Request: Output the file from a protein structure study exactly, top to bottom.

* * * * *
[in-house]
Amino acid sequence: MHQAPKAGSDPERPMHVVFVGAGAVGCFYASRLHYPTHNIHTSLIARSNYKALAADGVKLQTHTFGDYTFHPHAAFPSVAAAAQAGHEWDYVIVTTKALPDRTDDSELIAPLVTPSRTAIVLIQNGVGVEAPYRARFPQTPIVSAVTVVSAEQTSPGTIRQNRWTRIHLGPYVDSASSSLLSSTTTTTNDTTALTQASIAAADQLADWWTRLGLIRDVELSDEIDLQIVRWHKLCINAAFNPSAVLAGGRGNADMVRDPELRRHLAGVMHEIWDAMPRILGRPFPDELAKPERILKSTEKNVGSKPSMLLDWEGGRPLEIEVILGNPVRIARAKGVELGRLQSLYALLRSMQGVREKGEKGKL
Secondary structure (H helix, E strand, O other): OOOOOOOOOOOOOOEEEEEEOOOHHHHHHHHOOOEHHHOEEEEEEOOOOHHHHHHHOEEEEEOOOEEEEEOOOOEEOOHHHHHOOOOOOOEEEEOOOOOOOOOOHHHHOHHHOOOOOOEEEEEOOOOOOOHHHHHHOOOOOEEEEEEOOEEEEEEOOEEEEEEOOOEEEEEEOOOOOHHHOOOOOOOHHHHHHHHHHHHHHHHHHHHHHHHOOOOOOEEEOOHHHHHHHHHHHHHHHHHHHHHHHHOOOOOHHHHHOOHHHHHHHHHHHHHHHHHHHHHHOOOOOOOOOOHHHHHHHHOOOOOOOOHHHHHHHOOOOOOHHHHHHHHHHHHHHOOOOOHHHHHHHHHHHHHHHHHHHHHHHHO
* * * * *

[in-house]
Amino acid sequence: MHQAPKAGSDPERPMHVVFVGAGAVGCFYASRLHYPTHNIHTSLIARSNYKALAADGVKLQTHTFGDYTFHPHAAFPSVAAAAQAGHEWDYVIVTTKALPDRTDDSELIAPLVTPSRTAIVLIQNGVGVEAPYRARFPQTPIVSAVTVVSAEQTSPGTIRQNRWTRIHLGPYVDSASSSLLSSTTTTTNDTTALTQASIAAADQLADWWTRLGLIRDVELSDEIDLQIVRWHKLCINAAFNPSAVLAGGRGNADMVRDPELRRHLAGVMHEIWDAMPRILGRPFPDELAKPERILKSTEKNVGSKPSMLLDWEGGRPLEIEVILGNPVRIARAKGVELGRLQSLYALLRSMQGVREKGEKGKL
Secondary structure (H helix, E strand, O other): OOOOOOOOOOOOOOEEEEEEOOOHHHHHHHHOOOEHHHOEEEEEEOOOOHHHHHHHOEEEEEOOOEEEEEOOOOEEOOHHHHHOOOOOOOEEEEOOOOOOOOOOHHHHOHHHOOOOOOEEEEEOOOOOOOHHHHHHOOOOOEEEEEEOOEEEEEEOOEEEEEEOOOEEEEEEOOOOOHHHOOOOOOOHHHHHHHHHHHHHHHHHHHHHHHHOOOOOOEEEOOHHHHHHHHHHHHHHHHHHHHHHHHOOOOOHHHHHOOHHHHHHHHHHHHHHHHHHHHHHOOOOOOOOOOHHHHHHHHOOOOOOOOHHHHHHHOOOOOOHHHHHHHHHHHHHHOOOOOHHHHHHHHHHHHHHHHHHHHHHHHO